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Transcriptomic responses in the lung epithelium upon acute exposure to traffic-related air pollution and allergen Li, Shijia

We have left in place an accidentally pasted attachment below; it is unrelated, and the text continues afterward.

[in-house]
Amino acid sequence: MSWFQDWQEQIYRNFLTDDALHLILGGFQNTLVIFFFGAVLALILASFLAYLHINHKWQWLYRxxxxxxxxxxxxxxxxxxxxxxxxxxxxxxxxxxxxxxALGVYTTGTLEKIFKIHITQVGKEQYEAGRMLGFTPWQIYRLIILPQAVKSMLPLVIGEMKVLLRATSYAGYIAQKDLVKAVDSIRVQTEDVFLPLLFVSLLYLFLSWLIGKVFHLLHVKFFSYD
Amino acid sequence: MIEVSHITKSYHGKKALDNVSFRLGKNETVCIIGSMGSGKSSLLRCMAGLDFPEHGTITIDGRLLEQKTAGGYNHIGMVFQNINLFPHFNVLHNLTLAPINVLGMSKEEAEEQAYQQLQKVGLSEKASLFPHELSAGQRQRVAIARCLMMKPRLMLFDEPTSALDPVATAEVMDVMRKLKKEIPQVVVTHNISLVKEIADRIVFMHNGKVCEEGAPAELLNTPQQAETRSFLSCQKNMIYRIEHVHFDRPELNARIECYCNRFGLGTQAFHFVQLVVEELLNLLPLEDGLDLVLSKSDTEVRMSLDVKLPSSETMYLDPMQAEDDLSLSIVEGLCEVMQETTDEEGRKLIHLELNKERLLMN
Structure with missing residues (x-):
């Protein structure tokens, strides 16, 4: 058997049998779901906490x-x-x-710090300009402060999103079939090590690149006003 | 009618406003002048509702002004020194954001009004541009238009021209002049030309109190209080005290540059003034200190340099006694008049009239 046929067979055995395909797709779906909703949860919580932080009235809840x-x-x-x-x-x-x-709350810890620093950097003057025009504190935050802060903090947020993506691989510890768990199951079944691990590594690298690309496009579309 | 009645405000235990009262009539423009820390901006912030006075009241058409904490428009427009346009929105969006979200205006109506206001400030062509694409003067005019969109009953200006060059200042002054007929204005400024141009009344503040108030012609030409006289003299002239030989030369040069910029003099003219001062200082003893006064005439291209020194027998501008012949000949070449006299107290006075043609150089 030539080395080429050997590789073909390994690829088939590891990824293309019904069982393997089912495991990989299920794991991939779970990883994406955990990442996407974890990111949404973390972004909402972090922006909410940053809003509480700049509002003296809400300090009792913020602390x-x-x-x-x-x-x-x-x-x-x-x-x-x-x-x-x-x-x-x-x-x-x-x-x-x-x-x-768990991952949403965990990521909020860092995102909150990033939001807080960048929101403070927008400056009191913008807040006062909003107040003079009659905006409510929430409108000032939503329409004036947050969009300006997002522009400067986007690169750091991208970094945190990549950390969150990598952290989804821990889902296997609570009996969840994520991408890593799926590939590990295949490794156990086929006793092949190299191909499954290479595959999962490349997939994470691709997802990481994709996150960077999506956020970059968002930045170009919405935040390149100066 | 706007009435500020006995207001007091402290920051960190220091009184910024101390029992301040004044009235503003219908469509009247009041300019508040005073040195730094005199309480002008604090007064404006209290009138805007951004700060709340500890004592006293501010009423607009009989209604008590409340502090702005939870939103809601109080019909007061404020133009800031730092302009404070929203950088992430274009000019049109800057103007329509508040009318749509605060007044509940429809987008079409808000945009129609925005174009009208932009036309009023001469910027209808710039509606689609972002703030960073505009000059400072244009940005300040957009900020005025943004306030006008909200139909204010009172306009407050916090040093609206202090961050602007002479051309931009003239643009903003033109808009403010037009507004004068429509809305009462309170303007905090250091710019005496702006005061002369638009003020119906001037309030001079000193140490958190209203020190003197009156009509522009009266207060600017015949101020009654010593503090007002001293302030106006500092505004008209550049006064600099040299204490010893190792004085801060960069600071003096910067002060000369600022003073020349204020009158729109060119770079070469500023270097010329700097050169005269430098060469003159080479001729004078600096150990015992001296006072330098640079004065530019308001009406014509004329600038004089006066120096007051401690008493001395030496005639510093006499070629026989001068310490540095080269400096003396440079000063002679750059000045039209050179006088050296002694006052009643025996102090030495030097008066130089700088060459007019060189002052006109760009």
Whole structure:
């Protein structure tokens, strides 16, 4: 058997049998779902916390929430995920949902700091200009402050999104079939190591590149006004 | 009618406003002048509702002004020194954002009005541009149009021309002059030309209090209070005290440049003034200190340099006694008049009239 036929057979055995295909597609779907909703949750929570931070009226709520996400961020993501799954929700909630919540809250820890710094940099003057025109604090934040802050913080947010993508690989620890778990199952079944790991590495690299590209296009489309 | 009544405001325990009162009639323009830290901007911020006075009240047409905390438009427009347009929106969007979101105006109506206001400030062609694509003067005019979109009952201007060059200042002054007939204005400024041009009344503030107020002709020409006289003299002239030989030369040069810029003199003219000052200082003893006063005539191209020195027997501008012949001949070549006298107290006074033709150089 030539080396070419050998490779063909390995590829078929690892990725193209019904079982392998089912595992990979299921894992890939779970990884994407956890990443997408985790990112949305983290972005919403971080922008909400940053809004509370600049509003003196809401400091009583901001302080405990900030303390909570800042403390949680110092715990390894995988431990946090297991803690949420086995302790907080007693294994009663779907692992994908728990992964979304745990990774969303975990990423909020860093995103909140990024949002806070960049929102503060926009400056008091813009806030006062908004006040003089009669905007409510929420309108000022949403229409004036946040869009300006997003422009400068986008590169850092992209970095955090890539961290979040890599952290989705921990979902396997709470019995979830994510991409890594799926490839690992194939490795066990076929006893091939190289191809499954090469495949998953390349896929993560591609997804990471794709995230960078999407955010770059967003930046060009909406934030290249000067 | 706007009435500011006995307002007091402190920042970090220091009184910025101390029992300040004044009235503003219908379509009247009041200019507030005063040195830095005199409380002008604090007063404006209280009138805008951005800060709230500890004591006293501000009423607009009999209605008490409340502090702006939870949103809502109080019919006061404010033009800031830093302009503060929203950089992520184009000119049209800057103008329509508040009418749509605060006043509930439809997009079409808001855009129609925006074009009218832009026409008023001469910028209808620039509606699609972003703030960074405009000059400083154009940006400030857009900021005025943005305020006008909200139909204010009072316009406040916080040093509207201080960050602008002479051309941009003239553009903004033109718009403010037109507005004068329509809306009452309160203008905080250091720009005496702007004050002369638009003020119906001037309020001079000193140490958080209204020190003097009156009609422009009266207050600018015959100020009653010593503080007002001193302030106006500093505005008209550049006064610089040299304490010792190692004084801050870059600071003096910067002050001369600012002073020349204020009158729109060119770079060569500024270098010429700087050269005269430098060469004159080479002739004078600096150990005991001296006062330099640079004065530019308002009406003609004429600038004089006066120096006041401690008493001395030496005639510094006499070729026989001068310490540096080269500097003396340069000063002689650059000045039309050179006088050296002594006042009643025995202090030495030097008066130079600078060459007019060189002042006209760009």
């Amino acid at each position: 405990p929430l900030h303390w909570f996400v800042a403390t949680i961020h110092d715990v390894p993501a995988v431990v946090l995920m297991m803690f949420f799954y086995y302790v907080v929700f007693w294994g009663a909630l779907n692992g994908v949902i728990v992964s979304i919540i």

While allergen inhalation has been a primary focus of asthma research, the evidence associating traffic-related air pollution (TRAP) with allergic asthma is growing, but the underlying interactions remain unclear. The airway epithelium is amongst the first cells exposed to TRAP, hence understanding its interactions with TRAP and allergen is important. Diesel exhaust (DE), a paradigm of TRAP, consists of particulate matter (PM) and gases. Modern diesel engines often have catalytic diesel particulate filters (CDPF) to reduce PM output, but these may increase gas release, and its effects on human health remain unclear. We conducted a randomized, double-blinded, crossover study using our unique in vivo human exposure system to investigate the effects of DE and allergen co-exposure, with or without particle depletion to model CDPF, on the airway epithelial transcriptome. Participants were exposed for 2 hours before an allergen inhalation challenge, with each receiving filtered air and saline (FA-S), filtered air and allergen (FA-A), DE and allergen (DE-A), or particle-depleted DE and allergen (PDDE-A), over 4 different occasions, each separated by a 4-week washout period. Endobronchial brushings were collected 48 hours after each exposure and RNA sequenced. Quality was checked and alignment and quantification against a reference transcriptome performed. Differentially expressed genes (DEGs) were identified using DESeq2 followed by GO enrichment and pathway analysis. FA-A, DE-A, and PDDE-A exposures significantly modulated genes relative to FA-S. Therein, 462 DEGs were identified with 6 (↑4, ↓2) modulated by all three conditions; FA-A uniquely modulated the highest number (↑178, ↓155), followed by DE-A (↑44, ↓23), and then PDDE-A exposure (↑15, ↓2). Investigation revealed that FA-A and DE-A exposures modulated gene expression associated with inflammatory responses and that some of these were reduced after particle depletion. Taken together, this thesis provides experimental evidence and novel insights in elucidating transcriptional changes after co-exposure to DE and allergens, with or without particle depletion.

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